Students of St. Paul’s Episcopal Church

Daily Point of Light # 3299 Sep 26, 2006

The students of St. Paul's Episcopal School annually, collectively provide over 7,000 hours in community service through a variety of activities and projects during the school day. These projects are linked directly to their classroom learning and feature reflection as an essential component.

St. Paul's students not only perform community service, but they study why it is important and what bearing their activities have on their community, the environment, and themselves. In eighth grade, they even devise their own community projects as part of a leadership session of their humanities curriculum.

Located in downtown Oakland, St. Paul's is an urban school. The students reflect the many cultural, socioeconomic, and racial communities in the greater Oakland area. The academic program utilizes the many learning experiences that a large metropolitan area can offer, such as museums, cultural neighborhoods, libraries, parks, performance venues, and even the YMCA. As young people who live in this urban environment, St. Paul's students are also encouraged to express their citizenship by giving back to the greater community – to their neighbors and to the environs in which they live.

St. Paul's Service Learning program is integrated into the overall education. All of the projects that the students undertake are connected to academic learning and other disciplines, such as social studies, language arts, art, music, science and math. An important component of this program is reflection, where in writing and in conversation, the students examine the world in which they live, their relationship to it, and the ways they can assist others.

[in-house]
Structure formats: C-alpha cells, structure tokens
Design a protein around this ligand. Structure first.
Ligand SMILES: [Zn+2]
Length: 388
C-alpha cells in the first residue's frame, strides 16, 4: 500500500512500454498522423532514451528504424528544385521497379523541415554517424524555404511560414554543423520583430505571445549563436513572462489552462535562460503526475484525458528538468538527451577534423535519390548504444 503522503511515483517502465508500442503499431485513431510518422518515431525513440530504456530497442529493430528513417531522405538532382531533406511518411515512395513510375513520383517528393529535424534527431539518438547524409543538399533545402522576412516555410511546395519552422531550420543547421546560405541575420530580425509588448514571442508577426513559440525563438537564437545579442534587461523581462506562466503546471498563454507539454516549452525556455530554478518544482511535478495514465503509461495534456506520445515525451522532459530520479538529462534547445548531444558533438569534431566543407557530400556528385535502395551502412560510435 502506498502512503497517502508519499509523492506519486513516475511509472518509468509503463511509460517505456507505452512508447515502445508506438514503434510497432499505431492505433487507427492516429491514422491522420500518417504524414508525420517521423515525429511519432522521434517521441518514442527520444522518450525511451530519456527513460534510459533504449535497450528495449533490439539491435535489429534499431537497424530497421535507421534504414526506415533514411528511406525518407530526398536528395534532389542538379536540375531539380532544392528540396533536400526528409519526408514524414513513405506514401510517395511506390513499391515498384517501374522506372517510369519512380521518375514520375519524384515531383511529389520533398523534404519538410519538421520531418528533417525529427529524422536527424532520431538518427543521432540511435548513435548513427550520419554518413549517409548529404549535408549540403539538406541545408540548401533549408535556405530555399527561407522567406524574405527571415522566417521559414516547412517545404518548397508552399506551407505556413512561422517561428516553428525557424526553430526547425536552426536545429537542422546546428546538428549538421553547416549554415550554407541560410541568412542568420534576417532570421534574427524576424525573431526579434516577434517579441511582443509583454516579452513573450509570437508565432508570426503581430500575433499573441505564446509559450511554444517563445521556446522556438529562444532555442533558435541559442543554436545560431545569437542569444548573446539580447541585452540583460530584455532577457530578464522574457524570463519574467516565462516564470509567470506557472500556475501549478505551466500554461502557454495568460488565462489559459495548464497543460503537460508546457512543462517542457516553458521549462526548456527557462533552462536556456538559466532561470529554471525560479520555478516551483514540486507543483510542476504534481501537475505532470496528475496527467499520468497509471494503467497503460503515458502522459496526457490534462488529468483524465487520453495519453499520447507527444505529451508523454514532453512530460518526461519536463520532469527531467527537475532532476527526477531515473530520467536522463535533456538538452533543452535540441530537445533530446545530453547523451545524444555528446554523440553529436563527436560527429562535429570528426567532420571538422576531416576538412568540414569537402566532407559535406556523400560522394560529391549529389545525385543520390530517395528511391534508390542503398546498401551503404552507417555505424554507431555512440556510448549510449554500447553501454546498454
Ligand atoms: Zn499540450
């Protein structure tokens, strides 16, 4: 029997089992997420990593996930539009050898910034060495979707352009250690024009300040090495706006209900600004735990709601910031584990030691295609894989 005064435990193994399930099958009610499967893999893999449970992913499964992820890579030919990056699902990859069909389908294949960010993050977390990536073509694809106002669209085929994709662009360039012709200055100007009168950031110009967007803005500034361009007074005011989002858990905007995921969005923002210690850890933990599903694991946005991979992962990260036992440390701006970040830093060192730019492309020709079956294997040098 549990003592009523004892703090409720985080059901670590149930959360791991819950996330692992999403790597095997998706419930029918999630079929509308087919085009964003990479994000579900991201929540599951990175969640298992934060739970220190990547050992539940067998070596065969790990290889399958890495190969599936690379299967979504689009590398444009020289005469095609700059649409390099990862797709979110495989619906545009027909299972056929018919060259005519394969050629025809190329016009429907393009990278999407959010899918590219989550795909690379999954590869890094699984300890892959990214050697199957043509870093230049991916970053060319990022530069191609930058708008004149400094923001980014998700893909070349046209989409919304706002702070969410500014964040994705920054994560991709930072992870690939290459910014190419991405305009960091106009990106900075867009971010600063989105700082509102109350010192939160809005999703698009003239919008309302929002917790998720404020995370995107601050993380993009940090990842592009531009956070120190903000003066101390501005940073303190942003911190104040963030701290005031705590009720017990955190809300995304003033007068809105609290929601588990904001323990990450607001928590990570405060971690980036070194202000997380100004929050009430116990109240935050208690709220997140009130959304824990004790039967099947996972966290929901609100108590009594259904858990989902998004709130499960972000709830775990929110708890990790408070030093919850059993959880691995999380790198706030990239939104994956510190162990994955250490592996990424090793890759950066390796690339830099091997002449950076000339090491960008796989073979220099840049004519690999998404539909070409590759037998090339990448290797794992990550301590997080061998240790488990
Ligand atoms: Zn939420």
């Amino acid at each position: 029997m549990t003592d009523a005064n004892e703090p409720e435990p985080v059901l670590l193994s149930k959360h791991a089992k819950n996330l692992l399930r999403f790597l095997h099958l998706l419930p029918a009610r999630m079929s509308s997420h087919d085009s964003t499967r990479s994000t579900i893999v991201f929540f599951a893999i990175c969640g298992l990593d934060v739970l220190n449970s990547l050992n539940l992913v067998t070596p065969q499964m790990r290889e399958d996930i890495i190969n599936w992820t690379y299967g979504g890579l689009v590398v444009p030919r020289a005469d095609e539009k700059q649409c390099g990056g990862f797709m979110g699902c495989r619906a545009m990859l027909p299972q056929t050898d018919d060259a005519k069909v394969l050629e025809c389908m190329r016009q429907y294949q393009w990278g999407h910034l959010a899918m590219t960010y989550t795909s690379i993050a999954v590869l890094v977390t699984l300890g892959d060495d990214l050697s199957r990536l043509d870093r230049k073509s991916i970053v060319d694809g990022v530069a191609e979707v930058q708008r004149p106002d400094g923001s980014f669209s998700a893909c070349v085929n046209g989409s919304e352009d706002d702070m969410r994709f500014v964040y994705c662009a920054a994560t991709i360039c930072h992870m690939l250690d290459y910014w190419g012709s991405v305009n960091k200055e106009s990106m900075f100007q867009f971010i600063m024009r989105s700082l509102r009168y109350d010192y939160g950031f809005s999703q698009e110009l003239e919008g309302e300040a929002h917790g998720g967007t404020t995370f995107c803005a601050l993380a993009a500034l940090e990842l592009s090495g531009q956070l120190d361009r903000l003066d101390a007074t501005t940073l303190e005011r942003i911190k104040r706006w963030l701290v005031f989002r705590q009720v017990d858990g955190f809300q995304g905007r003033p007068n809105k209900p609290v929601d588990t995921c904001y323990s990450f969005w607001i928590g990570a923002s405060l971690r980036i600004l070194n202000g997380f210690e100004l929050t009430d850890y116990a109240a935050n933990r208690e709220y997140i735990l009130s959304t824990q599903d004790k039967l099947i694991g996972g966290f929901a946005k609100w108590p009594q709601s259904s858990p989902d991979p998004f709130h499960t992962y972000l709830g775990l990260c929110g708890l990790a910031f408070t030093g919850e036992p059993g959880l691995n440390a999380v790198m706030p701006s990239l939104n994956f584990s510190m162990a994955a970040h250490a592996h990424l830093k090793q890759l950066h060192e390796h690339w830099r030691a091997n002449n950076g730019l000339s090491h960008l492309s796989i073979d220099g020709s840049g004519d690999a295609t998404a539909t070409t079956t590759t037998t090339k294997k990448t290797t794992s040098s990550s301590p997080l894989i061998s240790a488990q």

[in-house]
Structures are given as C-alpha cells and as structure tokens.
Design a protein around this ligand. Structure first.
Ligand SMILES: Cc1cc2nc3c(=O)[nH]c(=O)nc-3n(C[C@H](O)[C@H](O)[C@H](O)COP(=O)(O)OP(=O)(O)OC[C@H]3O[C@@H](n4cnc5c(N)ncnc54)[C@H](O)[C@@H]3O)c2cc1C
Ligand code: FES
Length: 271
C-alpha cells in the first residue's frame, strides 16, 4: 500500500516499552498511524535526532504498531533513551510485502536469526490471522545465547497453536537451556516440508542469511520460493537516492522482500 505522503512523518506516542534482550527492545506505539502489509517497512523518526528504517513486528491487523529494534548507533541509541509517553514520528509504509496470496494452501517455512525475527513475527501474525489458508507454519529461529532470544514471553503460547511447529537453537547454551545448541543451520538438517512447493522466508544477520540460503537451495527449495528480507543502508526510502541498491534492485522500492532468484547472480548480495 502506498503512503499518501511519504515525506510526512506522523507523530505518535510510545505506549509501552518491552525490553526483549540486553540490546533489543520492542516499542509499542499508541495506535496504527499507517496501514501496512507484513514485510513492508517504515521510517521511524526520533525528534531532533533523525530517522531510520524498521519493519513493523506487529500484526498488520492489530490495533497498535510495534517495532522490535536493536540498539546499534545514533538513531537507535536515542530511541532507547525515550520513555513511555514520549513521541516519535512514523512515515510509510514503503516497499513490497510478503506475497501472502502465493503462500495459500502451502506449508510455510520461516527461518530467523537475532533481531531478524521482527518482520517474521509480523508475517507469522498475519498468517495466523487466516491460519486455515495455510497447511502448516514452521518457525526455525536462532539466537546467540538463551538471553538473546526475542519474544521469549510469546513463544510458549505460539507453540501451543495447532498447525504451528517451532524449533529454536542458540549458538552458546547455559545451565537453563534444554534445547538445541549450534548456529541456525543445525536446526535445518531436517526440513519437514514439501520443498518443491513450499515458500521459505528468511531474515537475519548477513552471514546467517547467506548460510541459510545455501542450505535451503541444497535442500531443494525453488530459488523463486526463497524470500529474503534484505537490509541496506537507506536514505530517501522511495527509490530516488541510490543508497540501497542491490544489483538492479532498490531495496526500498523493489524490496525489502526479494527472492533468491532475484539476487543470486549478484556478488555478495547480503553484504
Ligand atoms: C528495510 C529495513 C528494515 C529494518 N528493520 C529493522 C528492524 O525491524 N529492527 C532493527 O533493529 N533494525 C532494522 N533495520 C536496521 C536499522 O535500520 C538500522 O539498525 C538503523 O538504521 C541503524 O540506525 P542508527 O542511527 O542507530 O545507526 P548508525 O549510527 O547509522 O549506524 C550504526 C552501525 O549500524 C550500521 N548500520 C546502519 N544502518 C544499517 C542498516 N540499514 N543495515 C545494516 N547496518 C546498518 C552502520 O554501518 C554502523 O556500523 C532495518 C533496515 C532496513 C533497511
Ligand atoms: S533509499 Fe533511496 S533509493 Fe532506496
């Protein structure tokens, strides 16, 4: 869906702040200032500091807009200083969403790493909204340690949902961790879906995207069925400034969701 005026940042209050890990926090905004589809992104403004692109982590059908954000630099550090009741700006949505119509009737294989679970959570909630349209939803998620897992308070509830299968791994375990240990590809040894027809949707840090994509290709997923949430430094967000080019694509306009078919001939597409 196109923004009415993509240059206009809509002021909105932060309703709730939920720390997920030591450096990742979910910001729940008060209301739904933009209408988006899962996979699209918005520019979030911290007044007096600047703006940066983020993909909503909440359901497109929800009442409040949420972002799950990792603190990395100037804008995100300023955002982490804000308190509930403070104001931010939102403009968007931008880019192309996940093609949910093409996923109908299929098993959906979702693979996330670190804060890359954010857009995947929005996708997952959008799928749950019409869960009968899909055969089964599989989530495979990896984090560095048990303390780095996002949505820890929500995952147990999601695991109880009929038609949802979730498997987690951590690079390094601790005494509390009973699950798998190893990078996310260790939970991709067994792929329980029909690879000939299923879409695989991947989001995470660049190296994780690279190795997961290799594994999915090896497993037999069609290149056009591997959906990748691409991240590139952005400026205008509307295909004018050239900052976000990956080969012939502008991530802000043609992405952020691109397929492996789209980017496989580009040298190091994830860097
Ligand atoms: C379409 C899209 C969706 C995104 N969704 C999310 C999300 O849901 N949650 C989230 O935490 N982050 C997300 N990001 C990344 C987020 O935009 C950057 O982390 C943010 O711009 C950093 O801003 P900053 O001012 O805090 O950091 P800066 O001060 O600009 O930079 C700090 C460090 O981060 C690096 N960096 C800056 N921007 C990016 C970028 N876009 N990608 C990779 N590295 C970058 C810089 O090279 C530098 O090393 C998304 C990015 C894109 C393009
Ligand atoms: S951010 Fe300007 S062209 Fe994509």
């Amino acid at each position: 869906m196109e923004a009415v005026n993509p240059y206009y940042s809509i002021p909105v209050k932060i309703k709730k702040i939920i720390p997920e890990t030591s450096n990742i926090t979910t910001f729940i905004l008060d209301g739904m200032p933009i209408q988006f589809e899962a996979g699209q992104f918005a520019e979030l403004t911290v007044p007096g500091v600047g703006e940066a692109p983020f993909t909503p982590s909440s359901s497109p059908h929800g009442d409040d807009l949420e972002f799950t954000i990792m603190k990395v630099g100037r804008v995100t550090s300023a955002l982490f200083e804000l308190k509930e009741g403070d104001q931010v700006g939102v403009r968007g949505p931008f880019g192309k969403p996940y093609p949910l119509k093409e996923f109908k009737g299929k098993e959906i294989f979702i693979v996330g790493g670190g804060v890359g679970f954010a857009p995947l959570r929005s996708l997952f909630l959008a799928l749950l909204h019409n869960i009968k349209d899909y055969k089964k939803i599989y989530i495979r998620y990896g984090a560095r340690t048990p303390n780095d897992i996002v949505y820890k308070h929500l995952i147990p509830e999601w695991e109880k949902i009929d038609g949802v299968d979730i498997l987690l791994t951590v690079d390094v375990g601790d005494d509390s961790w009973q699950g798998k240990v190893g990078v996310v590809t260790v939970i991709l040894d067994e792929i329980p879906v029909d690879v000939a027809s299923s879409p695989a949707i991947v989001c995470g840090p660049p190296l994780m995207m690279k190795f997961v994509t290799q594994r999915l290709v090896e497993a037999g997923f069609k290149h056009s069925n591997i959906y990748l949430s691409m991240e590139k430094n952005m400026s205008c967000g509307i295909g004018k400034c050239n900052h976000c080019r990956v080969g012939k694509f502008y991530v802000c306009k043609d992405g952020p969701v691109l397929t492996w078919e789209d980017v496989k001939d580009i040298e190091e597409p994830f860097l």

For over a decade, St. Paul's third graders have been taking the only census of migratory birds in the Lake Merritt estuary. For over five years, St. Paul's students have provided services to an Alameda county shelter system and cleaned Lake Merritt. They visit seniors, speak Spanish as tutors to preschoolers, clean storm drains, tutor public elementary school students, collect and donate books for young people in the Philippines, and many other activities.

When an emergency need arises, the students immediately create support projects. In response to the hurricanes, for example, students conducted a bake sale, a jar collection project (with a matching gift from the Episcopal Diocese), and an all-school Empty-Your-Pockets day. For the second year, St. Paul's students planted daffodil bulbs with the Keep Oakland Beautiful Campaign. St. Paul's students also invited the parishioners of St. Paul's Episcopal Church to join them in several projects. St. Paul's students never cease to impress and amaze me with their generosity and their diligence to do good things in the world. They are tireless advocates of the community and the world.

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